In each of our religious traditions, we find the idea that we are the stewards of the Earth, responsible for preserving the beauty and the bounty of creation. For those who believe we have cause to be concerned about our execution of that sacred duty, there are many ways to work towards better stewardship.
In 2002 Father Charles Morris of Wyandotte convened an interfaith group from around the state to address concerns about global warming. This diverse group founded Michigan Interfaith Power and Light (MIPL), and became the 4th state affiliate of the Interfaith Power and Light organization founded in California in 1998. Since then, IPL has expanded to 40 states.
Their mission is to “inspire and equip people of faith to exercise stewardship of and love for all creation.”
“The way that we have done that historically is that we started our focus on helping houses of worship be more energy efficient,” says Bob Chapman, Executive Director of MIPL.
The idea he says is that saving money on utilities means more money for a congregation’s mission- that’s good for the planet and good for the faith group – less footprint and good fiscal stewardship.
MIPL consults with congregations, providing information to help congregations be more Earth-friendly in the areas of land and water use, recycling, and renewables.
“As a general thing, one of the big areas we’re promoting more is renewable energy. The economics have changed so that renewables are much more feasible. It’s a clean energy. Renewables are a great thing for our congregations that want to be green to look at,” says Chapman. “We have partnered with utilities and are now helping bring energy efficient upgrades to congregations, in some cases, at no cost.”
MIPL consults with and shares information with over 250 member houses of worship around the state. In addition to the metro Detroit area, there are many in the West side of the state, Grand Rapids, Holland area, and all the way north to the Houghton-Hancock area.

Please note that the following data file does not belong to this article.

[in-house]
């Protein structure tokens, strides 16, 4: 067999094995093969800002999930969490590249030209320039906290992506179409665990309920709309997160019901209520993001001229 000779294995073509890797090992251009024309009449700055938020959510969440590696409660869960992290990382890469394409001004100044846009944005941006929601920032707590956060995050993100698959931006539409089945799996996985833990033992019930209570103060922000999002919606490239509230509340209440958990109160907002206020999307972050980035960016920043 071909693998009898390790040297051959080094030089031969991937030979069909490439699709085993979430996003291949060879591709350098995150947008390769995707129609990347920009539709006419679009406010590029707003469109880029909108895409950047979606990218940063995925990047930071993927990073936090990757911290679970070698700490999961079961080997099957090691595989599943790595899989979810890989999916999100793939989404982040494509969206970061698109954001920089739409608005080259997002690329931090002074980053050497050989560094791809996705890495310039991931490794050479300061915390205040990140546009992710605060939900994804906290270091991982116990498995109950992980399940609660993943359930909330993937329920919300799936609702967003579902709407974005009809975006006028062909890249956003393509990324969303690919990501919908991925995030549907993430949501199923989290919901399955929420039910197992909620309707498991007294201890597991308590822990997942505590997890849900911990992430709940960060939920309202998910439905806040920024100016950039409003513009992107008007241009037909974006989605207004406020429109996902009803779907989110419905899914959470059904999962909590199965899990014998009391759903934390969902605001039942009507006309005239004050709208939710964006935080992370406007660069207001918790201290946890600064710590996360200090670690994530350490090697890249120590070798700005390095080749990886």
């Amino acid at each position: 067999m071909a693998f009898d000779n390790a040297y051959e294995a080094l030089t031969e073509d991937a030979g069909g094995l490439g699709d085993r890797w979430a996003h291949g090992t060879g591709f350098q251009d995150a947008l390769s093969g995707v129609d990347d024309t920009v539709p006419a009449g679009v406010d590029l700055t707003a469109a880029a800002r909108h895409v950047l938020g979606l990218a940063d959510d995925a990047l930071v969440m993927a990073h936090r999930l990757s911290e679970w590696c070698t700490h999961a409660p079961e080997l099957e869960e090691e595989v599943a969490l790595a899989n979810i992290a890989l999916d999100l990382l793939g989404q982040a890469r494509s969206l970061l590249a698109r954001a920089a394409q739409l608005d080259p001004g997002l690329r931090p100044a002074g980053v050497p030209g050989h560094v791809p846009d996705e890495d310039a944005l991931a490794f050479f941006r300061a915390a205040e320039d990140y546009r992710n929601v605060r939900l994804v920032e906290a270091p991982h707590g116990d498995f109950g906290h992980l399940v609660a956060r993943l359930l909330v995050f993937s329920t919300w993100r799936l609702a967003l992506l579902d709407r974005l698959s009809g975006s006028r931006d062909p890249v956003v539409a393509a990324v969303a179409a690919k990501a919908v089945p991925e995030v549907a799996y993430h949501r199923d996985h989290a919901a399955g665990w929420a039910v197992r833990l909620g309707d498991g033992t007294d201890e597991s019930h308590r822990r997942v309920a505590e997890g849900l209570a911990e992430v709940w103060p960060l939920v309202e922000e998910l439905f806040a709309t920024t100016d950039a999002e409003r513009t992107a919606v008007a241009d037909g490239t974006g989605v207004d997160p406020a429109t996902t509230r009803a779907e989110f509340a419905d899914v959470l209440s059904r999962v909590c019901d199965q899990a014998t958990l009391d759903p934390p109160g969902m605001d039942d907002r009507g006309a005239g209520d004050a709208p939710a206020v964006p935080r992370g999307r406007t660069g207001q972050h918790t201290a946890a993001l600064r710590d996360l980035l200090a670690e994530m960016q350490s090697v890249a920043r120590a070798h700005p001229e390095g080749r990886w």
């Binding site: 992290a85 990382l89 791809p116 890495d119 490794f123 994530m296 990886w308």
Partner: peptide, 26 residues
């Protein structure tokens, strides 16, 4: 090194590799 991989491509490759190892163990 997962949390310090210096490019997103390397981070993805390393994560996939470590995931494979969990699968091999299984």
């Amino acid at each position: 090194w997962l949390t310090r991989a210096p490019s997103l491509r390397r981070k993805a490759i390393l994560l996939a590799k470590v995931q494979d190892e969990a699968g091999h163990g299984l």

“We are truly both interfaith and statewide – committed to being both interfaith and diverse, both from the standpoint of gender, race, and geography,” says Chapman.
In the Flint, Saginaw, and Jackson areas, MIPL has partnered with Consumers Power, which helps congregations with lighting, controls (timers and controls) and water efficiency resources like low flow faucets and shower heads, which use less water.
“We’ve seen houses of worship that are saving hundreds of dollars a month, several thousand dollars a year in terms of their energy savings,” says Chapman.
“We also do advocacy work – a voice for people to let them know what’s happening in the state and national level around environmental and energy issues, and what they can do about it,” says Chapman.
One of the issues that has become an area of significant concern for congregations in Detroit and in the inner suburbs is drainage fees. Lacking separate storm water and sewer systems, rain water run-off from rooves and parking lots goes into the sewer and onto a congregation’s sewer bill. Fees have recently skyrocketed from approximately $40/per acre/per month to $125, and will go up to $677 by 2022 (see article). MIPL is becoming a resource to help cut down on or get credit against these drainage fees. Chapman says that it’s not economical to create a new system, so they’re focused on ways to keep water out of the system by diverting it into the ground.
Techniques to manage run-off include disconnecting down-spouts, and creating bioswale or rain gardens.
“Water is going to be a bigger and bigger deal all over the world. We’re blessed in the great lakes area. We have taken clean water for granted, but not so much now,” says Chapman. “Water shut off. It’s about justice, about creation care as it affects the poor. Almost all faith traditions have a strong care for creation and protecting the poor ethic. What we’re recognizing is that those two things go together. The way that they wind up being used, it’s the poor that are living near the power plants, getting the smog, having to worry about not getting clean water. Care for creation, when it’s done is a thoughtful way is also about care for the poor.”
Click on MichiganIPL.org for more info or to become a supporter of MIPL.